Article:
In recent years, many law schools have started considering GRE law school scores instead of LSAT scores for admissions. The University of Arizona Law School was inaugurated to implement this modification in 2016. Before completely enacting the policy in 2018, Harvard Law School conducted a pilot program accepting GRE scores for law school in 2017.
When the ABA Section of Legal Education and Admissions to the Bar decided in late 2021 that law schools might accept either GRE or LSAT scores, the change picked up speed. Since then, many law schools have chosen to accept GRE law school scores to draw from a wider pool of applicants with different majors for law school.
Although most law schools still advise students to take the LSAT, they can now choose to submit their GRE results instead of the LSAT, particularly if they believe their GRE performance will be higher or are going to dual degree programs. Both metrics of good test results can now be considered when applying to law schools. In this article, we will discuss the distinctions between the GRE and LSAT, and explore law schools that accept the GRE.
Comparison Between GRE for Law School and the LSAT
Most students pursuing graduate degrees benefit from taking the GRE. The LSAT is designed with law school applicants in mind. Both exams have written assignments in addition to multiple-choice questions, and they both call for a great deal of study time. Then how are they different?
The Educational Testing Service (ETS) offers the computer-based GRE all year round. Every rolling 12-month period, the ETS permits five retakes, with a 21-day gap between exams.
On the other hand, what is the LSAT? The Law School Admissions Council is in charge of administering the LSAT. Regardless of degree level, anyone may take the computer-based exam; and results are valid for five years from the submission date. Test takers are now allowed to take the LSAT up to five times within the current reportable score period, which is the time since June 2018, and a total of seven times over their lifetime.
What is the GRE for law school? The multiple-choice GRE tests analytical writing, verbal reasoning, and quantitative reasoning. The quantitative and verbal reasoning sections have two parts and use section-level adaptability to change question difficulty based on prior answers. Scoring determines GRE section-level adaptation difficulty.
The GRE test law school includes the following topics:
- Analytical writing is a test of one’s capacity to convey complicated ideas in written English.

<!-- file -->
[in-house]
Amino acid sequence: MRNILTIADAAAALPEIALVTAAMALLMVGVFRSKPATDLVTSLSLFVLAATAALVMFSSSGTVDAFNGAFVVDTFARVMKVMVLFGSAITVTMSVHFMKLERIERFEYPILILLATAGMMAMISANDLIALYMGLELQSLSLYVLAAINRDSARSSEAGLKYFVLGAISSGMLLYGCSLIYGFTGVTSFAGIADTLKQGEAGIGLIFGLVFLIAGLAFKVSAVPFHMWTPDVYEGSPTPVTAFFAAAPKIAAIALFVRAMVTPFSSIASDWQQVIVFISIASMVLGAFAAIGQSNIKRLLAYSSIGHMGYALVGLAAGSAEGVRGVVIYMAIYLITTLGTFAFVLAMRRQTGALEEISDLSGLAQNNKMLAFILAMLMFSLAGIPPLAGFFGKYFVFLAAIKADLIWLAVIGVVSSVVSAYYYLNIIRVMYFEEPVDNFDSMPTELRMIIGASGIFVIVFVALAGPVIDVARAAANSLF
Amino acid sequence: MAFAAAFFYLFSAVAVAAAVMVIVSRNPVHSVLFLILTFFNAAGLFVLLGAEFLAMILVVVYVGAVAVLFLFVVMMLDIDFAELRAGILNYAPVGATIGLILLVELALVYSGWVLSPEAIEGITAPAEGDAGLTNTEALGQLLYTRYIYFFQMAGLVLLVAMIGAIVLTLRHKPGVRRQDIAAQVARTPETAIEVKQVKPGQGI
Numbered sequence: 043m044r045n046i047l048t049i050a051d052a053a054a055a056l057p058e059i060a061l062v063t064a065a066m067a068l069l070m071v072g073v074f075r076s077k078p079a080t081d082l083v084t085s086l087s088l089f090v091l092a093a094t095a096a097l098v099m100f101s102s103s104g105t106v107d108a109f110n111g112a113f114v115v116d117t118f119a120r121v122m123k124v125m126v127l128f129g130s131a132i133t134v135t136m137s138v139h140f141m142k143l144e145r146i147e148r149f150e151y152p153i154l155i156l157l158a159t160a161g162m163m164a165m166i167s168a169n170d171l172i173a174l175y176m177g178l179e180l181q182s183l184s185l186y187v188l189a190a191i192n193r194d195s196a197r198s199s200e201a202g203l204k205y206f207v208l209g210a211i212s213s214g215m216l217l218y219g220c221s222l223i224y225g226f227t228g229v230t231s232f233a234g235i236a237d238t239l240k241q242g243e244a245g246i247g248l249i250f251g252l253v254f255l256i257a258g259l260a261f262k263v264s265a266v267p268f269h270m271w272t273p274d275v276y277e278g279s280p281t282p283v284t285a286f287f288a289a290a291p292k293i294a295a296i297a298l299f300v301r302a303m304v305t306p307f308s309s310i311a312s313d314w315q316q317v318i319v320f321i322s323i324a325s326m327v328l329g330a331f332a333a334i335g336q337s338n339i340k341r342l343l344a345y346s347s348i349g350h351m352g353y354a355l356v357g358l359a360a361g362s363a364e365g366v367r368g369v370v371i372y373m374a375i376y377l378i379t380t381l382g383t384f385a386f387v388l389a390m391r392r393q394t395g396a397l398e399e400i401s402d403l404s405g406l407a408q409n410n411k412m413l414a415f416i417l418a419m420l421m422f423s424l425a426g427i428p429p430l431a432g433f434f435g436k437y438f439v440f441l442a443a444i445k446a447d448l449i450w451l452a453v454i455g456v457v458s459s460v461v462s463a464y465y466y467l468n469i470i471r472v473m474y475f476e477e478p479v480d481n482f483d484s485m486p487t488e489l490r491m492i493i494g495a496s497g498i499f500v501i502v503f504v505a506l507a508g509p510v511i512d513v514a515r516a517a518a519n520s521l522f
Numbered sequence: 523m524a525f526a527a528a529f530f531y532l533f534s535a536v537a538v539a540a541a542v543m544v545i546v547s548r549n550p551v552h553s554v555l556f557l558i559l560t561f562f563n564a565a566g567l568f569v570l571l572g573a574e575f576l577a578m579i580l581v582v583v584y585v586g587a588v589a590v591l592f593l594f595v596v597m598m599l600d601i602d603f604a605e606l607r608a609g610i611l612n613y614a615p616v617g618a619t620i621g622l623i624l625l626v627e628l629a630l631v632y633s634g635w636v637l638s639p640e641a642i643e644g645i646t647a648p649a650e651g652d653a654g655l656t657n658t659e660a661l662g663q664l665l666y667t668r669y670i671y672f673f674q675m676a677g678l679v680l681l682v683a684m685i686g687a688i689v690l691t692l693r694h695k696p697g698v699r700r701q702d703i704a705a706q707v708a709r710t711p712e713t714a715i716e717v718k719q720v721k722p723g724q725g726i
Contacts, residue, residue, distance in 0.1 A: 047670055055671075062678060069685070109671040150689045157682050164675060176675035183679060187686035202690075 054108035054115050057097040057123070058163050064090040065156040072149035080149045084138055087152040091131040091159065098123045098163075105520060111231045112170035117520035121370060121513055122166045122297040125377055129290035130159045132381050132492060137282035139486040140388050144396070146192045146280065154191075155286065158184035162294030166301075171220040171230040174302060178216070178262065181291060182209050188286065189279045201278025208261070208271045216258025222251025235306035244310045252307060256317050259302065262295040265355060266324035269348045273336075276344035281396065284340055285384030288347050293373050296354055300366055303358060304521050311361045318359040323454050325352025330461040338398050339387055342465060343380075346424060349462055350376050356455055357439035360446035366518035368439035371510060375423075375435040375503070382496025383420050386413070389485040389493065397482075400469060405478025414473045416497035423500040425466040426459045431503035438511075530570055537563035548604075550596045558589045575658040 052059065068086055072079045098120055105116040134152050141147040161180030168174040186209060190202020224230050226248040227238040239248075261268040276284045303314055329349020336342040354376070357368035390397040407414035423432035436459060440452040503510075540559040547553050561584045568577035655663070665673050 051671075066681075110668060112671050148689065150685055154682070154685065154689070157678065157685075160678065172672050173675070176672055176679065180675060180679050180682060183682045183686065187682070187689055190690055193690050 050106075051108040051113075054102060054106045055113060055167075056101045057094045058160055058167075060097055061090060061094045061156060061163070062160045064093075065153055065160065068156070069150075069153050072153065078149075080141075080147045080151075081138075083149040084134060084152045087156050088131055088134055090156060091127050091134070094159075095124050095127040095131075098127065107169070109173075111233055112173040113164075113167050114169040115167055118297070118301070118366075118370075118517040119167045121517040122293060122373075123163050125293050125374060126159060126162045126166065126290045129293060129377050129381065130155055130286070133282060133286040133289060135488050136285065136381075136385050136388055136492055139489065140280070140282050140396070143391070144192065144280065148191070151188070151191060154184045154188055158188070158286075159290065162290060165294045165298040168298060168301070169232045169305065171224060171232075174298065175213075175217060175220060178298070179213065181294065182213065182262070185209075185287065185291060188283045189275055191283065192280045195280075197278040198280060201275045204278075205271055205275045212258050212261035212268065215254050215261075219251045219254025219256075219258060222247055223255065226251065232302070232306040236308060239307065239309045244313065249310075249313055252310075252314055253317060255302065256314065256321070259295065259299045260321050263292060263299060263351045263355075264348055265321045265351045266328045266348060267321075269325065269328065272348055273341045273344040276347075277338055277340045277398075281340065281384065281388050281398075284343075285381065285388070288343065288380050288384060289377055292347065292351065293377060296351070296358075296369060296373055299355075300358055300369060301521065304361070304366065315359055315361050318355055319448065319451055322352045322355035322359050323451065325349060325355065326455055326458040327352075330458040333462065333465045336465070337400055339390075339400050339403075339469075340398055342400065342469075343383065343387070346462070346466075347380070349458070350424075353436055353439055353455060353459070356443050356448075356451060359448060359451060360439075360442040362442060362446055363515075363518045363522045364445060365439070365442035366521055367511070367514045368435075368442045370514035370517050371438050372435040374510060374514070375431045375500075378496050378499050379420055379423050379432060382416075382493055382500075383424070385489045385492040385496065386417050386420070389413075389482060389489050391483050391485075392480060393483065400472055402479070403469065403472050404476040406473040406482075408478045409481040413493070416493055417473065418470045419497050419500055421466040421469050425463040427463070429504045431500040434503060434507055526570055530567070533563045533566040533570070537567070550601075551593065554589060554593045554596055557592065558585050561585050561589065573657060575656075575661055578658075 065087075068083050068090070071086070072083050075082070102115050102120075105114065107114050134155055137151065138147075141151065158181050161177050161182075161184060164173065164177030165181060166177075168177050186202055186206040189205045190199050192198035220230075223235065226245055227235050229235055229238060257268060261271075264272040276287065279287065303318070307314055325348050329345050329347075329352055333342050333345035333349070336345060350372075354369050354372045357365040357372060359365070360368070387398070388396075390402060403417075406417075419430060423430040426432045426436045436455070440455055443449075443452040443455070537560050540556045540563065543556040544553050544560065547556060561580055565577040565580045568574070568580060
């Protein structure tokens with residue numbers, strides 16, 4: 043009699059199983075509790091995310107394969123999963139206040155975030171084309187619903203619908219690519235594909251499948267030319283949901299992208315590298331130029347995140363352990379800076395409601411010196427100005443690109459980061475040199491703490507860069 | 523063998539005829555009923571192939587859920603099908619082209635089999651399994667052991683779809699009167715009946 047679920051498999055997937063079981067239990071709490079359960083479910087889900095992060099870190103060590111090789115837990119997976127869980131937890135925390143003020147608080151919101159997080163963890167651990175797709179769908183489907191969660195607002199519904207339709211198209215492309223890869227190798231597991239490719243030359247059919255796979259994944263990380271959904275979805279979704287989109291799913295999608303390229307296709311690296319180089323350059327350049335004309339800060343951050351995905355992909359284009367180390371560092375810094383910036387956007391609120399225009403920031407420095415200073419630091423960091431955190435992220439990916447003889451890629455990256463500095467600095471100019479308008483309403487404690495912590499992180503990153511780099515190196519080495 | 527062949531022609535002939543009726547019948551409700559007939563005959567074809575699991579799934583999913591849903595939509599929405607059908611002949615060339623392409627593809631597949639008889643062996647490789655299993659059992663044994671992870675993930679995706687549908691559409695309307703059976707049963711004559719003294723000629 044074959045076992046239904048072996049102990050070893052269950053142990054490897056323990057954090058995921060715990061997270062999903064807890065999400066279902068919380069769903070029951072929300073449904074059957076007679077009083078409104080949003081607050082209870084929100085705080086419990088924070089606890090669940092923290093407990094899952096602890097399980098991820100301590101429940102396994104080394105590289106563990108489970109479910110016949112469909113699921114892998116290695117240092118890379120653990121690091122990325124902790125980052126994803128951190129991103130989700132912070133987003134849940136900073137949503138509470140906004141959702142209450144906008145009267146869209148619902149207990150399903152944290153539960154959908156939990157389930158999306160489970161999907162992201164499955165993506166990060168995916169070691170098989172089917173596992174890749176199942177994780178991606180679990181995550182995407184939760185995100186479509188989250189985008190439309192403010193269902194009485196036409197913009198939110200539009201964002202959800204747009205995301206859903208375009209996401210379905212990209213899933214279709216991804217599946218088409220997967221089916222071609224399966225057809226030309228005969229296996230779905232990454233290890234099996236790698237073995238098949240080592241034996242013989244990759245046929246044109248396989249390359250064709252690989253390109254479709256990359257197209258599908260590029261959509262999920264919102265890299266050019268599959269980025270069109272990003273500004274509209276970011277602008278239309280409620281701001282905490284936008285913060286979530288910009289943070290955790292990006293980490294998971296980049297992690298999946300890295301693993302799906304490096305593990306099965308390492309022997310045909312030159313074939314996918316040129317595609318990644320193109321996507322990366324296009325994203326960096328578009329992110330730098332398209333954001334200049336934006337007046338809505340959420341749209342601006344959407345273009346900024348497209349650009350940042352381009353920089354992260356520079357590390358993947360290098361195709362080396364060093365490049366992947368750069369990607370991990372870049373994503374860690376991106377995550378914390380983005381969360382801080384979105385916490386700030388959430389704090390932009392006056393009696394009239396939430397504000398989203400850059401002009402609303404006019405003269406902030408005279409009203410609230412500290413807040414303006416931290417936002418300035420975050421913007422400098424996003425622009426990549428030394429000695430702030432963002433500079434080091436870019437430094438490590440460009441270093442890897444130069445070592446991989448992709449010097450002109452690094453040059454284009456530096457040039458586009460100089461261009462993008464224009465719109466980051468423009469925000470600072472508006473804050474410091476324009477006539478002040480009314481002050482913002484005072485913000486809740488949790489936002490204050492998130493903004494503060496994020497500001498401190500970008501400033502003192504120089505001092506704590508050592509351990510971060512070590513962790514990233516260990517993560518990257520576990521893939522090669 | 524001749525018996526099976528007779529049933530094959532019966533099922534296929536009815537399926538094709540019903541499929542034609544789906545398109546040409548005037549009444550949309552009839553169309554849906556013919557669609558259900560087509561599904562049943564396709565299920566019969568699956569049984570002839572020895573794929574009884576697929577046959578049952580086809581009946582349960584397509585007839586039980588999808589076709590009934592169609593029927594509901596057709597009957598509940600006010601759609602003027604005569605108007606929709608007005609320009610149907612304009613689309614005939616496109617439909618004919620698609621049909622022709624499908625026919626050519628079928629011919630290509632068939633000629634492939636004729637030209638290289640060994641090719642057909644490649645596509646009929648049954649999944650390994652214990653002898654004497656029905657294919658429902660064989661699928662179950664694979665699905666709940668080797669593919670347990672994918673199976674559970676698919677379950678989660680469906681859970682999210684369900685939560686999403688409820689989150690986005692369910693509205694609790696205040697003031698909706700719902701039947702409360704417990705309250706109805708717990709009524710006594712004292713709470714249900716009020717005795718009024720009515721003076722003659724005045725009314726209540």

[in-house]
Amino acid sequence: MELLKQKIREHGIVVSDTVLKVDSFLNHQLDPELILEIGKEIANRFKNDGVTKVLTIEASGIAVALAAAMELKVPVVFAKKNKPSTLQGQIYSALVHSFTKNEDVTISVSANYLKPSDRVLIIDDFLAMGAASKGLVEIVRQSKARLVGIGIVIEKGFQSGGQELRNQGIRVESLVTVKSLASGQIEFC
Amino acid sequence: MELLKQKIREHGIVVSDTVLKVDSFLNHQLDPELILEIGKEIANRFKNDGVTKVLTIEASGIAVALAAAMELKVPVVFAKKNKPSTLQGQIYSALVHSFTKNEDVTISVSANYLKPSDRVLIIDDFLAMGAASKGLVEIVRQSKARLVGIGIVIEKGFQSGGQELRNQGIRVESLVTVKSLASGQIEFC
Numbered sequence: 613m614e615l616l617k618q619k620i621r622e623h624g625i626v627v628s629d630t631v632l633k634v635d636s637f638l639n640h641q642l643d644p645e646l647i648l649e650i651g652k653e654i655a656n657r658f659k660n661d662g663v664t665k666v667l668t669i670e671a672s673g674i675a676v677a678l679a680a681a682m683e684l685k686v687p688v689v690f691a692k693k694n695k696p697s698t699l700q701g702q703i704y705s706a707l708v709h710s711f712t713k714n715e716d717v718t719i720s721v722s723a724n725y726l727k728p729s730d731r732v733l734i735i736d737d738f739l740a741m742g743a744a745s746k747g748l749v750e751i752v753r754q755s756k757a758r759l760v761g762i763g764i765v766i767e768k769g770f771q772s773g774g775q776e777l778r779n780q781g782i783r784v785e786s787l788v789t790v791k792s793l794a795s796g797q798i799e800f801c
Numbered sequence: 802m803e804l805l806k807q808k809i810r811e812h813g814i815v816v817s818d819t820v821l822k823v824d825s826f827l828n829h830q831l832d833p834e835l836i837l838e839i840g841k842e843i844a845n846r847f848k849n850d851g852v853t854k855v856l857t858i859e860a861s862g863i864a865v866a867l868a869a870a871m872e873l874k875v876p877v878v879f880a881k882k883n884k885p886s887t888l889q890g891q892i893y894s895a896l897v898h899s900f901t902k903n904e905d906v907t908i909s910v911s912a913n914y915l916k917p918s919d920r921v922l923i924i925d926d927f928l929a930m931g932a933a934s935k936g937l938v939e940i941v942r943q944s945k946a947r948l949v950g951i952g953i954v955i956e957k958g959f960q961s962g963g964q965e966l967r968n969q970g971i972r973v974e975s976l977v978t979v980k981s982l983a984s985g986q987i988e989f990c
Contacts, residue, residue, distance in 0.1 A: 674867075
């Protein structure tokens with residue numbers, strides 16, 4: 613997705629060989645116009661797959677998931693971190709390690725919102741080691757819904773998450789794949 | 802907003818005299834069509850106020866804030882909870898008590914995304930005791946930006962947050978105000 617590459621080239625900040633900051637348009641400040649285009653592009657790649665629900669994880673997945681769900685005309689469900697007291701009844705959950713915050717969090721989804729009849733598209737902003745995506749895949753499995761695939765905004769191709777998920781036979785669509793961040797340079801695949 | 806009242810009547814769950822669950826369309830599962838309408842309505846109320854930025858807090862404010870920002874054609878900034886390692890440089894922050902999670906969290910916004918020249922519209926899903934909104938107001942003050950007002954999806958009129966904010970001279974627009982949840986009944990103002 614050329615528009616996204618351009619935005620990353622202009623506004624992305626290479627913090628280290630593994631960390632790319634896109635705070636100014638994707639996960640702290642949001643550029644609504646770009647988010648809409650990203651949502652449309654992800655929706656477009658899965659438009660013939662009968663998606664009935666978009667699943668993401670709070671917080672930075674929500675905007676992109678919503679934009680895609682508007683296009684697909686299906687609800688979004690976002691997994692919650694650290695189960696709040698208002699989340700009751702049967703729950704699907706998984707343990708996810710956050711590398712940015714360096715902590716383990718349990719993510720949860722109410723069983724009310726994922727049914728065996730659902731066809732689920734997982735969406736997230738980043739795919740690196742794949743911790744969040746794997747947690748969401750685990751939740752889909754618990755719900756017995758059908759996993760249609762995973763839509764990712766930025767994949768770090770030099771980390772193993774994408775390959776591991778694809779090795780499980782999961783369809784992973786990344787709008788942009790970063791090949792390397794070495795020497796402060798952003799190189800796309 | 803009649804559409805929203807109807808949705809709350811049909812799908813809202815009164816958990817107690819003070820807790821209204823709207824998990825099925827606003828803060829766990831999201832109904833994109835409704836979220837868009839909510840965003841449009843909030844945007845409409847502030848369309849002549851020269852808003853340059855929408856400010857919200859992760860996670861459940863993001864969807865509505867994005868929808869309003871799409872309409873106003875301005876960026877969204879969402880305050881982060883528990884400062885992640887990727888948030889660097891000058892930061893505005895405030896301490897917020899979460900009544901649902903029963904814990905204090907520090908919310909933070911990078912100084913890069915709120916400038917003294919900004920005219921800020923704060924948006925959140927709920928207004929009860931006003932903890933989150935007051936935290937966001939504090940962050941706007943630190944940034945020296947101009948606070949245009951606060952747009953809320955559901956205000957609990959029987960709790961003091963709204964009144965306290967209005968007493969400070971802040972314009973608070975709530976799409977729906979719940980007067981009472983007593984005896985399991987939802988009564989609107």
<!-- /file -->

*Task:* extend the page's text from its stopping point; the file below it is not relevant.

- Quantitative reasoning tests math and reasoning skills. You need fundamental geometry and algebra to tackle quantitative reasoning questions.
- Verbal reasoning involves reading comprehension, such as reasoning with little information and distinguishing between unrelated and main themes.
Two sections make up the LSAT. The first has computer-based multiple-choice parts. The second section is a writing test. The LSAT Writing test is proctored online using computer software.
How many questions are on the LSAT? The reading comprehension, analytical reasoning, logical reasoning, and variable unscored question sections comprise the four multiple-choice LSAT sections, which total between 100 and 103 multiple-choice questions.
- Reading comprehension questions test your understanding of lengthy materials.
- Analytical reasoning problems need you to infer outcomes from data and rules.
- Logical reasoning questions test your abilities to analyze and reason throughout an argument. Logic games distinguish the LSAT from the GRE.
- The LSAT Writing test requires a persuasive writing sample, which is not scored but is required. Many law programs include the sample and law school personal statements in their admissions processes.
This standardized exam accommodates a wider spectrum of graduate programmes. The GRE includes a scoring range of 130 to 170 for both the Verbal and Quantitative parts, and a separate Analytical Writing score ranging from 0 to 6. The GRE assesses a broader spectrum of abilities, encompassing vocabulary and mathematical proficiency, which are not addressed in the LSAT. When applying for graduate admissions, you have the option to submit your highest GRE scores to colleges and universities. After finishing the GRE, individuals can obtain their scores and send them to potential colleges along with their graduate application papers.
The LSAT score range, spanning from 120 to 180, is purposefully crafted to assess essential skills necessary for achievement in law school, including logical reasoning and reading comprehension. LSAT results are instantly communicated to the colleges of your choice for admission purposes.
Three hours and forty-five minutes is the duration of the GRE for law school, with a ten-minute interval following the third section. It takes between 30 and 35 minutes to complete each section.
Completing the LSAT requires an estimated duration of three hours, accounting for a 10-minute interval between the second and third multiple-choice segments. In addition to the LSAT Writing portion, each multiple-choice section is allocated 35 minutes for examination.
The GRE costs $220 from the ETS in all nations other than China and India. The exam costs $231.30 for China and $228 for India. For China, it costs $53.90 and the rescheduling fee is $50. The ETS offers financial assistance through its fee reduction programme. The GRE general test will cost $100 for eligible candidates.
The LSAT cost is $222 to take, including the LSAT writing. All transcripts, recommendation letters, and other necessary paperwork are sent to law schools by the Credential Assembly Service (CAS); this service is fee-based, with each CAS report costing an additional $45.
Law Schools That Accept the GRE Law School Scores
The law schools that don’t require LSAT are listed below. To find out what steps you need to take to submit your law school GRE scores than your LSAT, contact the law school you are considering.
T-14 Law Schools that Accept the GRE Scores
- Stanford Law School
- Yale Law School
- Columbia Law School
- Harvard Law School
- University of Chicago Law School
- University of Pennsylvania Carey Law School